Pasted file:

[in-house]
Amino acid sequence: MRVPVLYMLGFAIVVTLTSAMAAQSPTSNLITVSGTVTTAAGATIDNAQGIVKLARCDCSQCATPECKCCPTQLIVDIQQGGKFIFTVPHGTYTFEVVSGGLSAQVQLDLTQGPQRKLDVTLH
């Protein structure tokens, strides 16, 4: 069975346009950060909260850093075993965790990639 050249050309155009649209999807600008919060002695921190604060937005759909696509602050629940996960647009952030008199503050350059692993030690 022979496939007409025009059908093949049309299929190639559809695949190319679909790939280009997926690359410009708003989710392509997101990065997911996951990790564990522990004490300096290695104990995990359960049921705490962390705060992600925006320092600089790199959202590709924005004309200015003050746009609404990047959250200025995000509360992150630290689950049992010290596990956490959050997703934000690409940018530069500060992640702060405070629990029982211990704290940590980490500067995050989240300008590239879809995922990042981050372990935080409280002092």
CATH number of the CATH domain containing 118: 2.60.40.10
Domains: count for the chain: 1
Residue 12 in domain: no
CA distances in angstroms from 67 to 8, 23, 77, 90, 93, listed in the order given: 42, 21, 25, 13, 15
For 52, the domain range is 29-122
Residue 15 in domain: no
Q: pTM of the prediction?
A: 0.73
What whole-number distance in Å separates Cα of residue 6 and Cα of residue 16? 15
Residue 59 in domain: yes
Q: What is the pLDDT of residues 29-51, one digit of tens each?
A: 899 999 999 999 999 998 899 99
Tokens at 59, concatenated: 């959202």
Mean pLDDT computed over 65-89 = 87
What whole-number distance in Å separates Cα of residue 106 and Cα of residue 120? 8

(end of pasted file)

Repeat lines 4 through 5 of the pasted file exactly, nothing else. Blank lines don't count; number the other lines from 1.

CATH number of the CATH domain containing 118: 2.60.40.10
Domains: count for the chain: 1